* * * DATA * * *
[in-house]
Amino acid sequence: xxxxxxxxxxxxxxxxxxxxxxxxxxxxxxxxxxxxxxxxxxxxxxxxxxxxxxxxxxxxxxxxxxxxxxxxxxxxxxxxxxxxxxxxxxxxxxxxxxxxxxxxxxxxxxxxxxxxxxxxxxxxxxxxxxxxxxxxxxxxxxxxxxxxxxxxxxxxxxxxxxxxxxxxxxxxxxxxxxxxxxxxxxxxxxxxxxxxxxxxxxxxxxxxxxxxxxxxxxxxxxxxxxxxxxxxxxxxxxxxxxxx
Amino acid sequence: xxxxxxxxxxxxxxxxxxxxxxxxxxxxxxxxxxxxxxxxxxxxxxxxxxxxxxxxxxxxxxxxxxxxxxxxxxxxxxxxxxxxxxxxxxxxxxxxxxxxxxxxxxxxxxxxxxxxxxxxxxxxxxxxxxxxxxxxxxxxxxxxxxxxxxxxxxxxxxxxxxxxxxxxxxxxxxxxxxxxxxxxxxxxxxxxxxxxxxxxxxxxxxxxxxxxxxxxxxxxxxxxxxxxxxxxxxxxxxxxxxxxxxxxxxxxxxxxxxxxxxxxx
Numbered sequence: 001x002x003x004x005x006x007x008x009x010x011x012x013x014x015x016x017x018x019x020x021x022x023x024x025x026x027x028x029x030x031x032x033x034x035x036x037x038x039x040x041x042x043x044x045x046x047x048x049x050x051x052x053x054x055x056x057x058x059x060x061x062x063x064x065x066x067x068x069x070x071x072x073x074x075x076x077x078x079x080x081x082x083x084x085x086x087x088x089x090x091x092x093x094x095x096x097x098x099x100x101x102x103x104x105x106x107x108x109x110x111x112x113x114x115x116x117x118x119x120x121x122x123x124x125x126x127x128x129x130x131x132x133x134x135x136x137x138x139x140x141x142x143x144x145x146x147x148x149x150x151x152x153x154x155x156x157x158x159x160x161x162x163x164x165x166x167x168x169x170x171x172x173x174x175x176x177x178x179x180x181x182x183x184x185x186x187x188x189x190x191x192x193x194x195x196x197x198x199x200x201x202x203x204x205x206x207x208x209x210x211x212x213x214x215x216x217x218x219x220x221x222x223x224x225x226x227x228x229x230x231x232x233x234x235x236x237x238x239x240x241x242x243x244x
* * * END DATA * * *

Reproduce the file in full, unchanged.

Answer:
[in-house]
Amino acid sequence: xxxxxxxxxxxxxxxxxxxxxxxxxxxxxxxxxxxxxxxxxxxxxxxxxxxxxxxxxxxxxxxxxxxxxxxxxxxxxxxxxxxxxxxxxxxxxxxxxxxxxxxxxxxxxxxxxxxxxxxxxxxxxxxxxxxxxxxxxxxxxxxxxxxxxxxxxxxxxxxxxxxxxxxxxxxxxxxxxxxxxxxxxxxxxxxxxxxxxxxxxxxxxxxxxxxxxxxxxxxxxxxxxxxxxxxxxxxxxxxxxxxx
Amino acid sequence: xxxxxxxxxxxxxxxxxxxxxxxxxxxxxxxxxxxxxxxxxxxxxxxxxxxxxxxxxxxxxxxxxxxxxxxxxxxxxxxxxxxxxxxxxxxxxxxxxxxxxxxxxxxxxxxxxxxxxxxxxxxxxxxxxxxxxxxxxxxxxxxxxxxxxxxxxxxxxxxxxxxxxxxxxxxxxxxxxxxxxxxxxxxxxxxxxxxxxxxxxxxxxxxxxxxxxxxxxxxxxxxxxxxxxxxxxxxxxxxxxxxxxxxxxxxxxxxxxxxxxxxxx
Numbered sequence: 001x002x003x004x005x006x007x008x009x010x011x012x013x014x015x016x017x018x019x020x021x022x023x024x025x026x027x028x029x030x031x032x033x034x035x036x037x038x039x040x041x042x043x044x045x046x047x048x049x050x051x052x053x054x055x056x057x058x059x060x061x062x063x064x065x066x067x068x069x070x071x072x073x074x075x076x077x078x079x080x081x082x083x084x085x086x087x088x089x090x091x092x093x094x095x096x097x098x099x100x101x102x103x104x105x106x107x108x109x110x111x112x113x114x115x116x117x118x119x120x121x122x123x124x125x126x127x128x129x130x131x132x133x134x135x136x137x138x139x140x141x142x143x144x145x146x147x148x149x150x151x152x153x154x155x156x157x158x159x160x161x162x163x164x165x166x167x168x169x170x171x172x173x174x175x176x177x178x179x180x181x182x183x184x185x186x187x188x189x190x191x192x193x194x195x196x197x198x199x200x201x202x203x204x205x206x207x208x209x210x211x212x213x214x215x216x217x218x219x220x221x222x223x224x225x226x227x228x229x230x231x232x233x234x235x236x237x238x239x240x241x242x243x244x